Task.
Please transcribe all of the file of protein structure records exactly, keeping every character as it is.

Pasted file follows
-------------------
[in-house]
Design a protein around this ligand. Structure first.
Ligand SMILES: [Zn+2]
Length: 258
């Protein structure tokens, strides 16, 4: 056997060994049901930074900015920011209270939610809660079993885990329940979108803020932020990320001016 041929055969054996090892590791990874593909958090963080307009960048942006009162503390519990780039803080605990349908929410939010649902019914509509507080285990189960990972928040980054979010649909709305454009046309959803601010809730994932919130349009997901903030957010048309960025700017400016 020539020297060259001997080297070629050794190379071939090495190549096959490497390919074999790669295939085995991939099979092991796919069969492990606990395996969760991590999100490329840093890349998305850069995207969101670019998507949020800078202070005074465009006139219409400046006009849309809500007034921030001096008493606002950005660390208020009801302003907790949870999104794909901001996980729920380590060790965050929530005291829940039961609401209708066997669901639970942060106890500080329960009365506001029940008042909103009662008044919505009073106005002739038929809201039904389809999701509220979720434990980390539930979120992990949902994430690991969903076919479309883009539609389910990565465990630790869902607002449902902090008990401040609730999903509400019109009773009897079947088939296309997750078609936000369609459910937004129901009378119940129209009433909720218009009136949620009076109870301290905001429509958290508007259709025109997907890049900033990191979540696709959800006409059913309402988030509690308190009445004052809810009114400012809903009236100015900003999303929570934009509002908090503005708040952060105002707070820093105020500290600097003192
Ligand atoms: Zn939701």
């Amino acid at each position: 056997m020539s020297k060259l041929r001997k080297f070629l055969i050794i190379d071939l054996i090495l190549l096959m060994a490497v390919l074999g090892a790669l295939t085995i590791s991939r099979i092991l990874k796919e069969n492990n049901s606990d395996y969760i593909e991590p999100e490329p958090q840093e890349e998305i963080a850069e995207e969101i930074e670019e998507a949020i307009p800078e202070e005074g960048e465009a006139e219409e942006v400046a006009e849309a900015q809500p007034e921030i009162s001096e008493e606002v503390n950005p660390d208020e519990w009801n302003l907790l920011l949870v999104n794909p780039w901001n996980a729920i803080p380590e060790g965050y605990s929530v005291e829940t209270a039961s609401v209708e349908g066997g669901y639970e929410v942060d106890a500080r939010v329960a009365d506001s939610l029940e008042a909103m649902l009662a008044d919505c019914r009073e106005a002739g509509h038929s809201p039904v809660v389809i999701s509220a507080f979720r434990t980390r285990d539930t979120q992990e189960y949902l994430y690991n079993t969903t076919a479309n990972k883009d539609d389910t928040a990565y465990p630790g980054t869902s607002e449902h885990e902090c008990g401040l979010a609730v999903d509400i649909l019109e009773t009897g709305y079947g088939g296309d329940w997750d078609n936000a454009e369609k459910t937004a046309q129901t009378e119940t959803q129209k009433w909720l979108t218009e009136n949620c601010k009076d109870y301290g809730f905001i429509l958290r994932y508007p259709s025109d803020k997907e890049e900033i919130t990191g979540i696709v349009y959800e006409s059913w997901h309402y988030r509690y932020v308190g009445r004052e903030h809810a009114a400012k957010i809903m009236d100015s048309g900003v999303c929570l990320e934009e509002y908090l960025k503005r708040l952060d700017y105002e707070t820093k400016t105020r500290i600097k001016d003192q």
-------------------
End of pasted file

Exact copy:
[in-house]
Design a protein around this ligand. Structure first.
Ligand SMILES: [Zn+2]
Length: 258
């Protein structure tokens, strides 16, 4: 056997060994049901930074900015920011209270939610809660079993885990329940979108803020932020990320001016 041929055969054996090892590791990874593909958090963080307009960048942006009162503390519990780039803080605990349908929410939010649902019914509509507080285990189960990972928040980054979010649909709305454009046309959803601010809730994932919130349009997901903030957010048309960025700017400016 020539020297060259001997080297070629050794190379071939090495190549096959490497390919074999790669295939085995991939099979092991796919069969492990606990395996969760991590999100490329840093890349998305850069995207969101670019998507949020800078202070005074465009006139219409400046006009849309809500007034921030001096008493606002950005660390208020009801302003907790949870999104794909901001996980729920380590060790965050929530005291829940039961609401209708066997669901639970942060106890500080329960009365506001029940008042909103009662008044919505009073106005002739038929809201039904389809999701509220979720434990980390539930979120992990949902994430690991969903076919479309883009539609389910990565465990630790869902607002449902902090008990401040609730999903509400019109009773009897079947088939296309997750078609936000369609459910937004129901009378119940129209009433909720218009009136949620009076109870301290905001429509958290508007259709025109997907890049900033990191979540696709959800006409059913309402988030509690308190009445004052809810009114400012809903009236100015900003999303929570934009509002908090503005708040952060105002707070820093105020500290600097003192
Ligand atoms: Zn939701």
């Amino acid at each position: 056997m020539s020297k060259l041929r001997k080297f070629l055969i050794i190379d071939l054996i090495l190549l096959m060994a490497v390919l074999g090892a790669l295939t085995i590791s991939r099979i092991l990874k796919e069969n492990n049901s606990d395996y969760i593909e991590p999100e490329p958090q840093e890349e998305i963080a850069e995207e969101i930074e670019e998507a949020i307009p800078e202070e005074g960048e465009a006139e219409e942006v400046a006009e849309a900015q809500p007034e921030i009162s001096e008493e606002v503390n950005p660390d208020e519990w009801n302003l907790l920011l949870v999104n794909p780039w901001n996980a729920i803080p380590e060790g965050y605990s929530v005291e829940t209270a039961s609401v209708e349908g066997g669901y639970e929410v942060d106890a500080r939010v329960a009365d506001s939610l029940e008042a909103m649902l009662a008044d919505c019914r009073e106005a002739g509509h038929s809201p039904v809660v389809i999701s509220a507080f979720r434990t980390r285990d539930t979120q992990e189960y949902l994430y690991n079993t969903t076919a479309n990972k883009d539609d389910t928040a990565y465990p630790g980054t869902s607002e449902h885990e902090c008990g401040l979010a609730v999903d509400i649909l019109e009773t009897g709305y079947g088939g296309d329940w997750d078609n936000a454009e369609k459910t937004a046309q129901t009378e119940t959803q129209k009433w909720l979108t218009e009136n949620c601010k009076d109870y301290g809730f905001i429509l958290r994932y508007p259709s025109d803020k997907e890049e900033i919130t990191g979540i696709v349009y959800e006409s059913w997901h309402y988030r509690y932020v308190g009445r004052e903030h809810a009114a400012k957010i809903m009236d100015s048309g900003v999303c929570l990320e934009e509002y908090l960025k503005r708040l952060d700017y105002e707070t820093k400016t105020r500290i600097k001016d003192q």